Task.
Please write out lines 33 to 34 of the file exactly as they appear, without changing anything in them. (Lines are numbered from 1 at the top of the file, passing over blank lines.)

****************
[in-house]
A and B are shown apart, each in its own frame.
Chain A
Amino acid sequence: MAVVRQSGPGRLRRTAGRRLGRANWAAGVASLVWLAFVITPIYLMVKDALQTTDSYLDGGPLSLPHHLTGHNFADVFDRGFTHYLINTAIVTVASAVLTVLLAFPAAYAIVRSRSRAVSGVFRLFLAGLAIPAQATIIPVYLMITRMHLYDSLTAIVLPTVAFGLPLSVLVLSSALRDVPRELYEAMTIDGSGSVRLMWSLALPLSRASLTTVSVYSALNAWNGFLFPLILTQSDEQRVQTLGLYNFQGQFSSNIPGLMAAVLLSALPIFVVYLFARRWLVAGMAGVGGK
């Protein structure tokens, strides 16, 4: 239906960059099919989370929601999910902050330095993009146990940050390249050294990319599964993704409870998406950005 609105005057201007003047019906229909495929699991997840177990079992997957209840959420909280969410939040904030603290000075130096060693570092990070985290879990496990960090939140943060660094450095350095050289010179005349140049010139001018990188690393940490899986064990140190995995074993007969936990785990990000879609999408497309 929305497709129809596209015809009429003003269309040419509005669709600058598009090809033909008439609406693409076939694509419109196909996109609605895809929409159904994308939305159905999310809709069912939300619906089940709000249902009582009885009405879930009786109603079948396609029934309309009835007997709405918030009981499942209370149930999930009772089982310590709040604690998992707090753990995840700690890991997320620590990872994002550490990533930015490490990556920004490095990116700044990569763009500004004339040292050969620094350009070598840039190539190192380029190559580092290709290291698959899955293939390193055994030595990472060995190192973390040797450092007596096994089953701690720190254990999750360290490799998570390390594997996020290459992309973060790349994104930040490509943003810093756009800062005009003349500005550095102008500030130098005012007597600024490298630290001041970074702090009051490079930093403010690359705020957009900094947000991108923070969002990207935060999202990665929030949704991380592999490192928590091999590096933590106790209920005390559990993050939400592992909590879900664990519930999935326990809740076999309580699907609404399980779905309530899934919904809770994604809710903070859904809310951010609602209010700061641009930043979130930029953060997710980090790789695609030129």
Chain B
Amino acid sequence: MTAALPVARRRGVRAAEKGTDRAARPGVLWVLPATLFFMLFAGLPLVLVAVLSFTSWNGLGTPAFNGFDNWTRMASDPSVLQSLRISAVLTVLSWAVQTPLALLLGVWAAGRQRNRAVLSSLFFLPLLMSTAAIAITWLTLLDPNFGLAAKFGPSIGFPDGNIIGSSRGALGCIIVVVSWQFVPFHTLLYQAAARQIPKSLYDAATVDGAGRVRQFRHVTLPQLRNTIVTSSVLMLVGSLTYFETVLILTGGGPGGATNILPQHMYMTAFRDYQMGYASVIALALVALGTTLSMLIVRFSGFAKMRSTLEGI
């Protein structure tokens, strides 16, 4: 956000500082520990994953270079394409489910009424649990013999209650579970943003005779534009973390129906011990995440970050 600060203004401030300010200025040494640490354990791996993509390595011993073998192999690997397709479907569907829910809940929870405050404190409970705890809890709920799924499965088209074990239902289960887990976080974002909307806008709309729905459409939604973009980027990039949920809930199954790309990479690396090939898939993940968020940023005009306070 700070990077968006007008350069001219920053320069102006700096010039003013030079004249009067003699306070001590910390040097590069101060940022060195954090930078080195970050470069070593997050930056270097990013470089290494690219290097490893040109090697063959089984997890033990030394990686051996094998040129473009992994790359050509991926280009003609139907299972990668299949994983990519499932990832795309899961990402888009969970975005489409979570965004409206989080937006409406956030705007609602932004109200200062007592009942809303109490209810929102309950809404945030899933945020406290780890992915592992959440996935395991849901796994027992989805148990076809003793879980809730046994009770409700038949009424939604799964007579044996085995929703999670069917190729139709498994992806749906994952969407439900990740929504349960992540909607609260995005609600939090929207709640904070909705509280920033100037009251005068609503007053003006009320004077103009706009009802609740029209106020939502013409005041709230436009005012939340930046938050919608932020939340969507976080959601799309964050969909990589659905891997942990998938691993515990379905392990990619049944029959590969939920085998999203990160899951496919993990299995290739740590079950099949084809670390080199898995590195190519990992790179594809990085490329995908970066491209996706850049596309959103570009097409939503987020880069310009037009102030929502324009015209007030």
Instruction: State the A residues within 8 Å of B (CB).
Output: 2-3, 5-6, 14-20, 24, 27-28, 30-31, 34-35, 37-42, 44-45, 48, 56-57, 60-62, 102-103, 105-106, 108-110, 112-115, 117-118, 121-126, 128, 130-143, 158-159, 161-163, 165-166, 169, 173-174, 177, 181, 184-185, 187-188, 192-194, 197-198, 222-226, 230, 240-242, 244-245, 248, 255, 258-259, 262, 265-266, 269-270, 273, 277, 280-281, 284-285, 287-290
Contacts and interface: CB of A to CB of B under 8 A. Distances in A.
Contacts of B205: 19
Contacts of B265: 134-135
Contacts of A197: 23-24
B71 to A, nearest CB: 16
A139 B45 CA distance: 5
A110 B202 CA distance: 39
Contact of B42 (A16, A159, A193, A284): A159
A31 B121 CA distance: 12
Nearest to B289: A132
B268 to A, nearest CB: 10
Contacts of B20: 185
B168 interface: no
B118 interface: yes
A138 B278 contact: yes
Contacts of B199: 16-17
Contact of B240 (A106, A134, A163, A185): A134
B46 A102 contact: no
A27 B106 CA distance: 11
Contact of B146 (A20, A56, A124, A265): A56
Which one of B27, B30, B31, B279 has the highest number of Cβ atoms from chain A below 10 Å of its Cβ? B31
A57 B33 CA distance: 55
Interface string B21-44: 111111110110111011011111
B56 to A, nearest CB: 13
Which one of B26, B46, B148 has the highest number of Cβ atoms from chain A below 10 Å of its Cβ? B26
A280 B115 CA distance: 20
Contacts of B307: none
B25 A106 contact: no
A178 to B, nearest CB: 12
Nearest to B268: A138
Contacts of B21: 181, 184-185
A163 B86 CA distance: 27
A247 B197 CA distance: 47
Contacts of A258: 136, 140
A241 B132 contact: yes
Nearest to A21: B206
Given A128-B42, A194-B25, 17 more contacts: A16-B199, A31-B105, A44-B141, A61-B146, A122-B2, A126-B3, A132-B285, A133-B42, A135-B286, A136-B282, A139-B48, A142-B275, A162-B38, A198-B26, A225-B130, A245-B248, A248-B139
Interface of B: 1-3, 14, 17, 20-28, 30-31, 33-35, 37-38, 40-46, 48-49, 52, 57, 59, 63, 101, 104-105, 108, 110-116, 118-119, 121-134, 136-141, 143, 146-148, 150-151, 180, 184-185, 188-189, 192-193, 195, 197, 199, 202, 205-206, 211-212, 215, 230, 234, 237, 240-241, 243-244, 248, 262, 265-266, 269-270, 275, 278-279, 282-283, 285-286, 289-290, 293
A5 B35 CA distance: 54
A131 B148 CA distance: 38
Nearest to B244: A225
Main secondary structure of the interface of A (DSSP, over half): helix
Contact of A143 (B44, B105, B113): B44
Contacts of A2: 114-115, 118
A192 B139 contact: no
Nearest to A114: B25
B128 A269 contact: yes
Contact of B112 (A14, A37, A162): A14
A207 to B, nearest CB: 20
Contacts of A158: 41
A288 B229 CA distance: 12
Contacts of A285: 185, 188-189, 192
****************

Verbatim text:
Interface string B21-44: 111111110110111011011111
B56 to A, nearest CB: 13